Can Radiographic Joint Space Accurately Predict Chondral Damage During Hip Arthroscopy? An Analysis on 1,892 Hips

Purpose: To examine how preoperative radiographic joint space correlated with intraoperative chondral damage as diagnosed during hip arthroscopy, in patients without radiographic evidence of osteoarthritis or joint space <2 mm.

Methods: Patients younger than the age of 50 years without previous hip conditions who underwent hip primary arthroscopy had their joint space and intraoperative chondral damage compared. A narrow joint space group was defined as those in the lowest decile of the average joint space. The demographics and presence of intra-articular findings of chondral damage were compared. In addition, receiver operator characteristic (ROC) curves were used to assess joint space as a predictor of intraarticular damage.

Results: There were 1892 in this analysis. The incidence of severe cartilage damage (Outerbridge III and IV) was not significantly different between the narrow and non-narrow groups. The ROC analysis for joint space at detecting chondral damage was poor. The ROC area under the curve for joint space detecting any chondral defect (acetabular or femoral head) was 0.536 (confidence interval 0.506-0.565), with low sensitivity (0.492), specificity (0.582), negative predictive value (0.720), and positive predictive value (0.340). Spearman correlation could not demonstrate a correlation between joint space and cartilage damage (⍴Acetabular = 0.10, ⍴Femoral Head = 0.04). Interestingly, a gradual widening was observed between the medial and lateral joint spaces, with more pronounced findings in hips without damage.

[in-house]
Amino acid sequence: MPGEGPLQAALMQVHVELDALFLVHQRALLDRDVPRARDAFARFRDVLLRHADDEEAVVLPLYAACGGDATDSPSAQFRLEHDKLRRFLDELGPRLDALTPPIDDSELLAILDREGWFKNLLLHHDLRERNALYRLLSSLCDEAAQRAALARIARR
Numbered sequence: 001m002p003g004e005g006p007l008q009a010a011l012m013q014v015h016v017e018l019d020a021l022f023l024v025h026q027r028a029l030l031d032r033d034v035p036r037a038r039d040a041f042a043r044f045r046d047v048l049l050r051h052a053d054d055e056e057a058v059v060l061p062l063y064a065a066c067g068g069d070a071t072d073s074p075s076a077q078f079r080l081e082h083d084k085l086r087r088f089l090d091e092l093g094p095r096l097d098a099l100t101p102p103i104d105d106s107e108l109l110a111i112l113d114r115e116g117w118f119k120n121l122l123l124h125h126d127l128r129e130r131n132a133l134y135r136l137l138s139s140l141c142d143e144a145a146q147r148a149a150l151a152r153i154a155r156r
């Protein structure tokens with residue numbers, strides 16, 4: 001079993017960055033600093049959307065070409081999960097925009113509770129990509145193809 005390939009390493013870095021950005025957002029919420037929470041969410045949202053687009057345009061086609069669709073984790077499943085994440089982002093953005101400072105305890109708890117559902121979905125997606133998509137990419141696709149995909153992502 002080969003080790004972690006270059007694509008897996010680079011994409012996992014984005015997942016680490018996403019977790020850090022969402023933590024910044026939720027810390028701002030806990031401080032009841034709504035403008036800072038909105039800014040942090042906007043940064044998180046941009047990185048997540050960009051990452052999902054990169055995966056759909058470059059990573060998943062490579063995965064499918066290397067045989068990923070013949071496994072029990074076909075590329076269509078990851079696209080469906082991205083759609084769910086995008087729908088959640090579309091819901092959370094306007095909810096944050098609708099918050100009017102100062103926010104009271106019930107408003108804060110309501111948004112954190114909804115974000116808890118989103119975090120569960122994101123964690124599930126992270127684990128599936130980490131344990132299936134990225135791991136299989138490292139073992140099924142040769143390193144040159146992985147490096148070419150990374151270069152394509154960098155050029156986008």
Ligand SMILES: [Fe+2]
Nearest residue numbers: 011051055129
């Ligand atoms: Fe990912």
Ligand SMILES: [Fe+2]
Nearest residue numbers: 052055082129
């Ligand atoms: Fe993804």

Conclusions: The results of this study demonstrate that in patients with Tönnis 0 and 1, narrower joint space may be an anatomic variant and cannot predict actual intraoperative cartilage damage. However, if the lateral joint space has relative narrowing compared with the medial joint space, this may indicate acetabular cartilage damage.